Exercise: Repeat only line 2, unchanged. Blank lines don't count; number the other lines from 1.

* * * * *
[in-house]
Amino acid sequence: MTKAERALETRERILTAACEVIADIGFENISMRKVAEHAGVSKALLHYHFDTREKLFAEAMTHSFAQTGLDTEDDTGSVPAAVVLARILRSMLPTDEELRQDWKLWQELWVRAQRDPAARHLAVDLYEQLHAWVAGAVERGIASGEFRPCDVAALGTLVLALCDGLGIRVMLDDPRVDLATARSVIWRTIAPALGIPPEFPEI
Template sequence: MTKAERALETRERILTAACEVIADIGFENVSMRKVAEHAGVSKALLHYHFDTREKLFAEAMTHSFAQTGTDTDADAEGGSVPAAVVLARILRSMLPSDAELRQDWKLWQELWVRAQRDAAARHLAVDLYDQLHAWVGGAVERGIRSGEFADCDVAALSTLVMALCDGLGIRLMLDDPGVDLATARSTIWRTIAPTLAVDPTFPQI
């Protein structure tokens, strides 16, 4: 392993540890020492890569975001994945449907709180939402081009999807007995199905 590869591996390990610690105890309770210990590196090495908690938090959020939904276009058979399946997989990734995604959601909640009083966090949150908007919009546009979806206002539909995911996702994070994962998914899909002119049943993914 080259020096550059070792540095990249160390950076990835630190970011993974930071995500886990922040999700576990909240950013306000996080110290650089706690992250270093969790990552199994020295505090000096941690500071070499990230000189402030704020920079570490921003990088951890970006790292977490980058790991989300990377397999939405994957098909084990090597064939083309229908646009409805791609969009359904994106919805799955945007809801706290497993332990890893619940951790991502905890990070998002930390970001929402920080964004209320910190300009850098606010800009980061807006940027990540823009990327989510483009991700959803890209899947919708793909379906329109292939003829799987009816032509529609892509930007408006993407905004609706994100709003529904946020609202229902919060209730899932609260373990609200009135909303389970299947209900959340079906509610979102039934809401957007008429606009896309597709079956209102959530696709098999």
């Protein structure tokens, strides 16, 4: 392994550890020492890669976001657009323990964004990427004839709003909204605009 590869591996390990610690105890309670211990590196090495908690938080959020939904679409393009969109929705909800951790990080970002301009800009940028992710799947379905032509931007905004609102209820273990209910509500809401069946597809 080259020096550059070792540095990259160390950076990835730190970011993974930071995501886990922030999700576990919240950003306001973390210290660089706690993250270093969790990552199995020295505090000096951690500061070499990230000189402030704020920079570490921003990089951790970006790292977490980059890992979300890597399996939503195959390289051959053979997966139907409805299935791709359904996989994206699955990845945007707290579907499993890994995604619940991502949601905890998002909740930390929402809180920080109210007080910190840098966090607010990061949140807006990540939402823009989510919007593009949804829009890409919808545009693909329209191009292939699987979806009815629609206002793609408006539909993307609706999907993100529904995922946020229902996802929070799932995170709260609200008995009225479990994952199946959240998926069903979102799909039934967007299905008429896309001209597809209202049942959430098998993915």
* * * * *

Amino acid sequence: MTKAERALETRERILTAACEVIADIGFENISMRKVAEHAGVSKALLHYHFDTREKLFAEAMTHSFAQTGLDTEDDTGSVPAAVVLARILRSMLPTDEELRQDWKLWQELWVRAQRDPAARHLAVDLYEQLHAWVAGAVERGIASGEFRPCDVAALGTLVLALCDGLGIRVMLDDPRVDLATARSVIWRTIAPALGIPPEFPEI